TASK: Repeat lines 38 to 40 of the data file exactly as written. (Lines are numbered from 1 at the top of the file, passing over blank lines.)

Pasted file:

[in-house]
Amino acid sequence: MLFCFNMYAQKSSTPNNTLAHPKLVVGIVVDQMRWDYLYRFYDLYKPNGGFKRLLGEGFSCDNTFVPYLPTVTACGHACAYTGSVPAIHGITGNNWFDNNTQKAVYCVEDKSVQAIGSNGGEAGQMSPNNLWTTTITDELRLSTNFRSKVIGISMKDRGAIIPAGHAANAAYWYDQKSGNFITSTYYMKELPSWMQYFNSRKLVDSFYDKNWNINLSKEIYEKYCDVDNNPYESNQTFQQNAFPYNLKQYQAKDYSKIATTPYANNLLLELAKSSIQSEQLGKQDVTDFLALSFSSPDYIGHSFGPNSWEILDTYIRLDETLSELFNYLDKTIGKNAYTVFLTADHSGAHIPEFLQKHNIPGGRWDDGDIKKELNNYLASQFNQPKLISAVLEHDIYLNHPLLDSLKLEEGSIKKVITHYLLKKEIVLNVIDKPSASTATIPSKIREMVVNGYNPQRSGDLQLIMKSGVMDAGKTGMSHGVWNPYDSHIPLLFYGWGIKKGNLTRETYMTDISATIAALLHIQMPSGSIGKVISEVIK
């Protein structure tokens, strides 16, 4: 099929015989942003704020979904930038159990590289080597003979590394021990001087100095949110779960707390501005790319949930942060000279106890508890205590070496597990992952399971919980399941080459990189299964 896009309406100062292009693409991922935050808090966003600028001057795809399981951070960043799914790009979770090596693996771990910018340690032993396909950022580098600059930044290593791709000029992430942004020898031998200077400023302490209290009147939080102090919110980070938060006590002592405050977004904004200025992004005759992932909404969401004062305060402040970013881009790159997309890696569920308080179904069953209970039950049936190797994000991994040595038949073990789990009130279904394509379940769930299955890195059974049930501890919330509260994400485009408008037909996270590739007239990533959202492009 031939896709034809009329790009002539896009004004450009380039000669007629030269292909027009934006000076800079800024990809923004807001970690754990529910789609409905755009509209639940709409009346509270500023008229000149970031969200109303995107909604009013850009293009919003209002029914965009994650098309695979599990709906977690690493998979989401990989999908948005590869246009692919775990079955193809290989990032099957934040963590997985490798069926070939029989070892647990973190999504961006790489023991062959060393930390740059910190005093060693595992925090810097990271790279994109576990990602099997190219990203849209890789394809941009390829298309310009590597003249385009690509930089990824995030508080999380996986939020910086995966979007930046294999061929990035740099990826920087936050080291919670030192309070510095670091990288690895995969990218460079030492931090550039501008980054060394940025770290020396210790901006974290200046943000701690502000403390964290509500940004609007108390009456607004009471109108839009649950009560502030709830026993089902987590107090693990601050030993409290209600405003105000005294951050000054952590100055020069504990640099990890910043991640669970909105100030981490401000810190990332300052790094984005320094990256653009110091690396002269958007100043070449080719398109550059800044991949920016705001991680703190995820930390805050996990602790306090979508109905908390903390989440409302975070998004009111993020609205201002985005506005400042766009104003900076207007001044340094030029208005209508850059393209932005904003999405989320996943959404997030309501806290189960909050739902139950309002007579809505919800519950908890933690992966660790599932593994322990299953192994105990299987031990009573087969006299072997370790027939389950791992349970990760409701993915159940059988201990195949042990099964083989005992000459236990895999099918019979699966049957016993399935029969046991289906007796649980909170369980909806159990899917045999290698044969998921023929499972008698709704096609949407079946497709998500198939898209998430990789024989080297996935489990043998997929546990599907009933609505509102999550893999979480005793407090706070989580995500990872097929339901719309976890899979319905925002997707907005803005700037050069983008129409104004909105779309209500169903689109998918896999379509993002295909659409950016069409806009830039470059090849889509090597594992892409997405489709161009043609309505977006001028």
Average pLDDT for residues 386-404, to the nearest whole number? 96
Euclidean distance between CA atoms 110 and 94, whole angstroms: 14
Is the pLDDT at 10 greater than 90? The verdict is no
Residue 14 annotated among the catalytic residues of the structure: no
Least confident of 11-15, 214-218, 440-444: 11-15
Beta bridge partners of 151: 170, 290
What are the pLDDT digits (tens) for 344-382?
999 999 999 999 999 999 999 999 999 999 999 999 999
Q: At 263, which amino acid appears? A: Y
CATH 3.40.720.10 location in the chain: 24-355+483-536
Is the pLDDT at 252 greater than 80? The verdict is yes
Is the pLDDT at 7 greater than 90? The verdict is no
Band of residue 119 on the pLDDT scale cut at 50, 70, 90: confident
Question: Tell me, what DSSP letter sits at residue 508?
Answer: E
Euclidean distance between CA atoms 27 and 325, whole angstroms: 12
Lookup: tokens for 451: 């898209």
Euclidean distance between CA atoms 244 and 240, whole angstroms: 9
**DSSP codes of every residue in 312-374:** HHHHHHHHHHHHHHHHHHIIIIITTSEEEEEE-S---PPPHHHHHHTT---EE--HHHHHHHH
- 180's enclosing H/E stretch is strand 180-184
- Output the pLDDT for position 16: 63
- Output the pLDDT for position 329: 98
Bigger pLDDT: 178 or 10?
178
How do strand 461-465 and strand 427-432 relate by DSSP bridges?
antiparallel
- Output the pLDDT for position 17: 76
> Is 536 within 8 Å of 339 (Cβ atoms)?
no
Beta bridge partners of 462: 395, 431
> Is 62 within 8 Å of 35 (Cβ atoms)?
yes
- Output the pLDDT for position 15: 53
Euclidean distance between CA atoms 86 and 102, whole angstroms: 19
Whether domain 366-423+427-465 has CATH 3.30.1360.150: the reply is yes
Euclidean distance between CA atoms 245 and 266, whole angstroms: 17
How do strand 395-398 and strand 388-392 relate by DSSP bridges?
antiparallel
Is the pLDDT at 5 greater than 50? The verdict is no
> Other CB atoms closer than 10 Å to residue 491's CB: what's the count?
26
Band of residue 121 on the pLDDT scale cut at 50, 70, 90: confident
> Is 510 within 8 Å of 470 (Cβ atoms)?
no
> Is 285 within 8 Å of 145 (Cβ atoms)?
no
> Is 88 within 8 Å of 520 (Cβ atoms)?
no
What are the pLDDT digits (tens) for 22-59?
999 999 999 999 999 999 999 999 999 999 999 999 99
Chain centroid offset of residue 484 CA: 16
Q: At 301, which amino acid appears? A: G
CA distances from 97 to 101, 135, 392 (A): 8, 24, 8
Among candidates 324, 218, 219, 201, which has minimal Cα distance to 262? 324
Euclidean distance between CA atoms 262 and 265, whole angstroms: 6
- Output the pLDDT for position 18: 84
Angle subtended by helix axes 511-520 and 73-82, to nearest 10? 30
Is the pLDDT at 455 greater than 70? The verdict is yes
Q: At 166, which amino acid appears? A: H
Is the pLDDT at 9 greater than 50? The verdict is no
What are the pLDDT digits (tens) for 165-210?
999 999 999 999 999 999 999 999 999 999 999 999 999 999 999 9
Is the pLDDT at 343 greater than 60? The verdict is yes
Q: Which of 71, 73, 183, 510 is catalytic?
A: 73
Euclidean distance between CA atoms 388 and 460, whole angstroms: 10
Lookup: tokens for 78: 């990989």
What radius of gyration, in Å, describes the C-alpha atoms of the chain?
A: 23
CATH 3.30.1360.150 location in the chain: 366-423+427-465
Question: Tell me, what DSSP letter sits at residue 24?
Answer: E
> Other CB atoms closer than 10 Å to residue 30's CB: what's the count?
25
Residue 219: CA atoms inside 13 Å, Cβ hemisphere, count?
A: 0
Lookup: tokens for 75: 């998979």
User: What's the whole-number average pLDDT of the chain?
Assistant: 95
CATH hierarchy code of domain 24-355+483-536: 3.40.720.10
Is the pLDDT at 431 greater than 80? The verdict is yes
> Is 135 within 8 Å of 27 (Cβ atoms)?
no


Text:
Whether domain 366-423+427-465 has CATH 3.30.1360.150: the reply is yes
Euclidean distance between CA atoms 245 and 266, whole angstroms: 17
How do strand 395-398 and strand 388-392 relate by DSSP bridges?